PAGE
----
The secret ingredient that one successful VC’s winning bets all have in common

Big ideas aren’t enough.
Big ideas aren’t enough.
Image: AP Photo/Kamran Jebreili
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Bryan Roberts, a partner at the venture capital firm Venrock, has a portfolio most investors would envy. Nine companies in his health- and biotech-focused portfolio have reached a valuation of $1 billion or more. This year he is 58th on the Forbes Midas list of the top 100 venture capitalists.

When Roberts makes an investment, he focuses less on the potential valuation of the company being pitched than on the potential of the individual pitching it, he recently told a crowd gathered in San Diego for the Fortune Brainstorm Health conference. Almost all of the companies he invests in have first-time CEOs.

It’s not unusual for a VC to back a founder or a team rather than a business. (There are plenty of instances of entrepreneurs failing repeatedly but receiving more funding from the same investors.) To figure out which rookie leaders to back, Roberts looks for three key qualities. Occasionally he’s placed bets on people with only two of the three; it never works out. The first is smarts, something almost everyone who pitches him has. The second is an “orthogonal approach to what could be a big market need,” which is Silicon Valley-speak for good ideas with big market potential. The third and perhaps most important corner of the triad is humility.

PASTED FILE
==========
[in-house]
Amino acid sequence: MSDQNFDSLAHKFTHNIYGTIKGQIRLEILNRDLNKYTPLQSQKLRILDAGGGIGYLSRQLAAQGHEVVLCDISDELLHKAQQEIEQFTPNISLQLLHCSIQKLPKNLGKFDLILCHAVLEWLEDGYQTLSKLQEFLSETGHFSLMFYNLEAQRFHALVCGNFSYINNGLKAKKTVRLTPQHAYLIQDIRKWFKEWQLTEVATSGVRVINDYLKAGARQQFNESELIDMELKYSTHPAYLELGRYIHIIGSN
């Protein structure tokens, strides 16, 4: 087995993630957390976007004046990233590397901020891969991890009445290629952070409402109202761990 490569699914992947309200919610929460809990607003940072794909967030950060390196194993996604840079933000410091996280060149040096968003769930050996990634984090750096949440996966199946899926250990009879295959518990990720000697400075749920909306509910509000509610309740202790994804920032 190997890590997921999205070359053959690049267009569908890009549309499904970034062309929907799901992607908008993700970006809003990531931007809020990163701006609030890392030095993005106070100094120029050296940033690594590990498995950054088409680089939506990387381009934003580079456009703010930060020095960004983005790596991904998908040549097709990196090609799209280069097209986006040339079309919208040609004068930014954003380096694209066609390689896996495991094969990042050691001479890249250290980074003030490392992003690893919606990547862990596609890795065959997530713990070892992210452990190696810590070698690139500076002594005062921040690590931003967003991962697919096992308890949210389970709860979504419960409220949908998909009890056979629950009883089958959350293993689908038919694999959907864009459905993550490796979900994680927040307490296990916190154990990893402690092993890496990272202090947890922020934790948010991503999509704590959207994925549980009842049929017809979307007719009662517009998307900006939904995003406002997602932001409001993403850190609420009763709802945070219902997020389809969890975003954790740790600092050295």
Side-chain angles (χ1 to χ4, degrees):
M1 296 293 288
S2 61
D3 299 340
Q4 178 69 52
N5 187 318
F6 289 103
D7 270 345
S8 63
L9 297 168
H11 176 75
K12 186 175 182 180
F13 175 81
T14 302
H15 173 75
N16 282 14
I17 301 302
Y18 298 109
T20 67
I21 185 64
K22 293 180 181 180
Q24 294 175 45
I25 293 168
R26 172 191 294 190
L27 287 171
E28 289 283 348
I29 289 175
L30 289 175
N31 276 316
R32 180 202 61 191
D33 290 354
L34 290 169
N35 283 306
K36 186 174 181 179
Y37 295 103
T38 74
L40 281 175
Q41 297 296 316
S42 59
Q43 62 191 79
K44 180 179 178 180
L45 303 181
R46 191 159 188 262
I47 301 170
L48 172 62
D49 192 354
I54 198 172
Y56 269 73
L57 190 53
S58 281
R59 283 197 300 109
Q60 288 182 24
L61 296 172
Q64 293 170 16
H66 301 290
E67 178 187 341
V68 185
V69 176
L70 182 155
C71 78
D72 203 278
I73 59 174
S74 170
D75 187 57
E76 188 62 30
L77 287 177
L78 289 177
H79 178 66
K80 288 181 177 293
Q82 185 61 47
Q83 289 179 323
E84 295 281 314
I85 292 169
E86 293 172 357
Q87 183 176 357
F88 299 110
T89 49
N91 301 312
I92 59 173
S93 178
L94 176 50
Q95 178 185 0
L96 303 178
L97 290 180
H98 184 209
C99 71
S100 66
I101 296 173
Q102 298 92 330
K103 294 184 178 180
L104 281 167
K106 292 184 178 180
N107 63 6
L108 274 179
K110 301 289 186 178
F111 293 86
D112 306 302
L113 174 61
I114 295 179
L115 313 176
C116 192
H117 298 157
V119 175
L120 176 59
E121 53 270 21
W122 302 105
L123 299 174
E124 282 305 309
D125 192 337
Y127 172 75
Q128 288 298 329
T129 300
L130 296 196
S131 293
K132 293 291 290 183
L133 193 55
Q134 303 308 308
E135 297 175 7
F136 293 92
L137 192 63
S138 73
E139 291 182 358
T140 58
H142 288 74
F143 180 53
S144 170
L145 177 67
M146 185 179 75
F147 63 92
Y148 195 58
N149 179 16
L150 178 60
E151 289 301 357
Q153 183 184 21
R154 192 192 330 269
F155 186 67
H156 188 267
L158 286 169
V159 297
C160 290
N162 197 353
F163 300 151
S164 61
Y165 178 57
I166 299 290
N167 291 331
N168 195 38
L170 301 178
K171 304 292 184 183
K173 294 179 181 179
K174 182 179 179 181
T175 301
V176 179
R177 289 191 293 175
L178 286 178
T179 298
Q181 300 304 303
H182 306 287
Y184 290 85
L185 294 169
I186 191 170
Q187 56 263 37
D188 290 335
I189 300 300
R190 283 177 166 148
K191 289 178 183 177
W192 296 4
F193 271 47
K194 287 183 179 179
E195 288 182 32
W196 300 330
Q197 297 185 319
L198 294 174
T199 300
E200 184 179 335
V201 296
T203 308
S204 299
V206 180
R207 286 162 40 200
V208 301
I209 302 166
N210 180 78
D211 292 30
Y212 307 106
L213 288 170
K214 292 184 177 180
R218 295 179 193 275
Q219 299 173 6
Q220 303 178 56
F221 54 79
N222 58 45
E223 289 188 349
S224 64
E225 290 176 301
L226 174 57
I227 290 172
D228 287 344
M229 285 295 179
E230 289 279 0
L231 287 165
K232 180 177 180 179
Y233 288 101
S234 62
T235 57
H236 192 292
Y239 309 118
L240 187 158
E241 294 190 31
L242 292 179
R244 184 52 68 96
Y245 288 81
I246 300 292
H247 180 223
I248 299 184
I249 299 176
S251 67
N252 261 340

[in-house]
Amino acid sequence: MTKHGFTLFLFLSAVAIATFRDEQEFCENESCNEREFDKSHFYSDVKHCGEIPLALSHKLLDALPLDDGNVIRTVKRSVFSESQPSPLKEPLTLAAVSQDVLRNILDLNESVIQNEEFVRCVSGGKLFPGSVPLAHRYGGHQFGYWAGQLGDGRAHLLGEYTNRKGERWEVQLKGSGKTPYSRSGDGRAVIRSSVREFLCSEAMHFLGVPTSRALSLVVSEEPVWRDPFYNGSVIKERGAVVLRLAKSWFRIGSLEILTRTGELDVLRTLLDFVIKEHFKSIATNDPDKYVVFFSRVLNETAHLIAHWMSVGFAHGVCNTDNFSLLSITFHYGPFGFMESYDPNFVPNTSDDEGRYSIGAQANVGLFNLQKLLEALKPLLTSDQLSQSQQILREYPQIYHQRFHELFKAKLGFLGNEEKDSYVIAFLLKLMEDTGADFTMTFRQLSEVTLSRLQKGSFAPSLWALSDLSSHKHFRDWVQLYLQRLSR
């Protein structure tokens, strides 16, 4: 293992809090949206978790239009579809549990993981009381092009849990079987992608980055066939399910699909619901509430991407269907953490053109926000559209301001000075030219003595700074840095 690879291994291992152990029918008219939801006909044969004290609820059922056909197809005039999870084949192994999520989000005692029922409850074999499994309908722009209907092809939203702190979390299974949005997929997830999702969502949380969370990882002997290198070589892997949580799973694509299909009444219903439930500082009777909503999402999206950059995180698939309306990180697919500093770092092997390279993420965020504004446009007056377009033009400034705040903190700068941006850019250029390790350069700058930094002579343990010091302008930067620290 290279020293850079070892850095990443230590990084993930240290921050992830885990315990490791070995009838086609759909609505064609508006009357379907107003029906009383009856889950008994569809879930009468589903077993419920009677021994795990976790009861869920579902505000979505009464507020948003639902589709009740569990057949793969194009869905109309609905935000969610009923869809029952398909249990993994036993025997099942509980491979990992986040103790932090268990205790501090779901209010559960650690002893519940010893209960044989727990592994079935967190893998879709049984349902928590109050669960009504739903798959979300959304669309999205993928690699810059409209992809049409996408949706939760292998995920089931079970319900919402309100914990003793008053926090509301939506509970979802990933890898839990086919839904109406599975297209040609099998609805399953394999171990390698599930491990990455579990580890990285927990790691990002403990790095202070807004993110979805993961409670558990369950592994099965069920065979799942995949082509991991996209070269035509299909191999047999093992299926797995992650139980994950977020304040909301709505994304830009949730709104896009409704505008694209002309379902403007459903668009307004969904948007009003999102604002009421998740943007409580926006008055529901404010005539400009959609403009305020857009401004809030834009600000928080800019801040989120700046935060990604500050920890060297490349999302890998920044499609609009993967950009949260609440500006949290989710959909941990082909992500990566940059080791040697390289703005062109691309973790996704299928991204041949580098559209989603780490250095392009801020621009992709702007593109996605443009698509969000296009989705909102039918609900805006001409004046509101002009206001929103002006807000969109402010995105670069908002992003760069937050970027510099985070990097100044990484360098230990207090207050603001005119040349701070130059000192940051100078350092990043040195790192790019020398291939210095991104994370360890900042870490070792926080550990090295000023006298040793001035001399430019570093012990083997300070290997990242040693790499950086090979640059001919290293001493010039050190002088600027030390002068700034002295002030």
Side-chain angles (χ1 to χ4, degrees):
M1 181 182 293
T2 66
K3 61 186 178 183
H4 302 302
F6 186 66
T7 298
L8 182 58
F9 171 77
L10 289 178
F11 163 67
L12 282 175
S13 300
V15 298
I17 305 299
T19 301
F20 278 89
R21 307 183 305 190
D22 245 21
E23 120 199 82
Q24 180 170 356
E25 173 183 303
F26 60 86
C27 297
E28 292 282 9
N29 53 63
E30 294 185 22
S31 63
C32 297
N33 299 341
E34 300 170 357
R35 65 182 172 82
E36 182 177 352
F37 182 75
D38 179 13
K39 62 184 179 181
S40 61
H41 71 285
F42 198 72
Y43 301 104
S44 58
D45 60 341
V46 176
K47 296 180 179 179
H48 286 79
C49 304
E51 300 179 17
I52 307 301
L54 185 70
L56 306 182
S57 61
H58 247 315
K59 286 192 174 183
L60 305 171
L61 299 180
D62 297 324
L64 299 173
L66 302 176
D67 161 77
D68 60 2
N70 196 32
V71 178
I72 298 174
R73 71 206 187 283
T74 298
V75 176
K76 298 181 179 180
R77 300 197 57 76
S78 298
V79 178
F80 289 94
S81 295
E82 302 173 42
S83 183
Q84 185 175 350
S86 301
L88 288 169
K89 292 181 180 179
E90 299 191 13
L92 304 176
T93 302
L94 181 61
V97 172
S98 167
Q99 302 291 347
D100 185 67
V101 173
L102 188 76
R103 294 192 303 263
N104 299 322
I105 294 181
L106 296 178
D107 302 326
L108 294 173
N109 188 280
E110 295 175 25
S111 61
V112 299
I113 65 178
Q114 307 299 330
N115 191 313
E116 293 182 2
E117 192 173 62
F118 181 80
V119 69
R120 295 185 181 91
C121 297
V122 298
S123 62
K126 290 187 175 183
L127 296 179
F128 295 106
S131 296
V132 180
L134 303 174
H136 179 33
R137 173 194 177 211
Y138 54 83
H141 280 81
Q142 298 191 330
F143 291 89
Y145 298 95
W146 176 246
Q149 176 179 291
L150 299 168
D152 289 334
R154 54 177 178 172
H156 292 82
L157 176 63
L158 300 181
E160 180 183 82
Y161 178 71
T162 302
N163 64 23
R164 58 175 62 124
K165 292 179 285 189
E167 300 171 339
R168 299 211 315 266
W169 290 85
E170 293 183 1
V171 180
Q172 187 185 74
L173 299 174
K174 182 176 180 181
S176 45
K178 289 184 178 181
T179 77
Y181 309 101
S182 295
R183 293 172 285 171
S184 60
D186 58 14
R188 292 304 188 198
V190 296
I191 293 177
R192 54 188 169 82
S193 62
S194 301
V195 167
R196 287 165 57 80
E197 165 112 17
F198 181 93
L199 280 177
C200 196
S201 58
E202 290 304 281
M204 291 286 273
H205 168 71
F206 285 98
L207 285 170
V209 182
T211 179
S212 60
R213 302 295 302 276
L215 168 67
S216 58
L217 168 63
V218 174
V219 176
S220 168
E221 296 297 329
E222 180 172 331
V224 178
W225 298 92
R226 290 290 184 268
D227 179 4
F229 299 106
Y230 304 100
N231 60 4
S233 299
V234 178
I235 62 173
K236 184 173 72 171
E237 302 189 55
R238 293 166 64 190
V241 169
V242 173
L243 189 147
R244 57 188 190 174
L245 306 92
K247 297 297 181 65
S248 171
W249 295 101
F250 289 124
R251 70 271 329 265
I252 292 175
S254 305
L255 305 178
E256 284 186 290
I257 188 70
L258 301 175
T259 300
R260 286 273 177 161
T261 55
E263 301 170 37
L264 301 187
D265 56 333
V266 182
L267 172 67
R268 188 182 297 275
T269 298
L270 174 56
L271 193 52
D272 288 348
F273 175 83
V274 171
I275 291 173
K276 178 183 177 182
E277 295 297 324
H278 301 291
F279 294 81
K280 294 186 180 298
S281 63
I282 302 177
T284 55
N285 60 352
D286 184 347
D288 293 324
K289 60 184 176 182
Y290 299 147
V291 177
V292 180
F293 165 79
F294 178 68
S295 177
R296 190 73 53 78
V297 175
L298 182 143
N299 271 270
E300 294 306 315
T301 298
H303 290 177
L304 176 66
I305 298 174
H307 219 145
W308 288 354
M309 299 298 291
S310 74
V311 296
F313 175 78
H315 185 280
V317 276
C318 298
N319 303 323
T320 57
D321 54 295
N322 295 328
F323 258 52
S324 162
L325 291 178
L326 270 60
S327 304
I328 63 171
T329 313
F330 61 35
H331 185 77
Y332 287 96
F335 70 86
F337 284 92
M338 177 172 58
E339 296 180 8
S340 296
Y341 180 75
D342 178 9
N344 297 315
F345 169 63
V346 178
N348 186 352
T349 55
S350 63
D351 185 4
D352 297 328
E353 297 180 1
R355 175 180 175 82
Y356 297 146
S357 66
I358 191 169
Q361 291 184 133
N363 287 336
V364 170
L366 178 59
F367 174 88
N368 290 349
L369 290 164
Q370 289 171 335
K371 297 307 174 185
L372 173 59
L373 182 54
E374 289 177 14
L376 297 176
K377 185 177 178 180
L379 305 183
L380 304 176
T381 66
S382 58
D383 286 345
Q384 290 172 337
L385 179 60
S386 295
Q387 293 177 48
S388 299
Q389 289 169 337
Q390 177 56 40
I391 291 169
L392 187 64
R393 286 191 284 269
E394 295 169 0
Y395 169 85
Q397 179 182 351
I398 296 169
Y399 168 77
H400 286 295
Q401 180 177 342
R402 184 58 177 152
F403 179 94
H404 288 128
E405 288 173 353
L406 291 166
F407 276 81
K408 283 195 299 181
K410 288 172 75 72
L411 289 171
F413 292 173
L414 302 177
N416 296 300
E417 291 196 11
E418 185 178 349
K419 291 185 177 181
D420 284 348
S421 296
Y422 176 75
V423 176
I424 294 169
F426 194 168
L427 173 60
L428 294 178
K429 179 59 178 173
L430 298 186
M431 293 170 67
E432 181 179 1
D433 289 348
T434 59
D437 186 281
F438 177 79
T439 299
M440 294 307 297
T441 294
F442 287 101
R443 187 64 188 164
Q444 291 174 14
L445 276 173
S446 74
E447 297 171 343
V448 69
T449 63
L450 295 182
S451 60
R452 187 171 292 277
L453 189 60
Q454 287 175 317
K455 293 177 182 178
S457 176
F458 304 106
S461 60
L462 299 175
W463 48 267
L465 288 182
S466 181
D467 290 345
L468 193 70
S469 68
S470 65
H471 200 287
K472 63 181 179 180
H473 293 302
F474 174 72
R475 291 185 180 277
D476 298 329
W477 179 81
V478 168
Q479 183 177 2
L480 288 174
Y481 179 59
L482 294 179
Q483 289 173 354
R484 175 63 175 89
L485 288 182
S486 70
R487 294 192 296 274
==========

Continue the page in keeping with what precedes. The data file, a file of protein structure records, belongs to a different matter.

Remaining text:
He’s not the only leader in the tech world to recognize the value of humility. At the same event Guardant Health CEO Helmy Eltoukhy called it the “red line” of hiring at his biotech firm: no humility, no offer. Google’s former HR chief Laszlo Bock similarly prizes the trait in hires.

Roberts described an intellectual humility—the ability to recognize and acknowledge what one doesn’t know, to identify and adapt to valuable new information, and to learn from the inevitable mistakes.

“If you’re right—if you and your company are on exactly the right path—then no humility needed,” he said. But he’s been doing this long enough to know that most companies’ paths lead, at least temporarily, into the weeds. Many of his most successful returns have come not from the original idea he invested in, but from the plan B that evolved after the first one flopped. If you can’t admit you’re wrong or that there might be something you don’t know, you can’t learn from your mistakes. You can’t learn anything, really.

“Everything I invest in spends time, frankly, screwing up for the first two to three years,” Roberts told the crowd.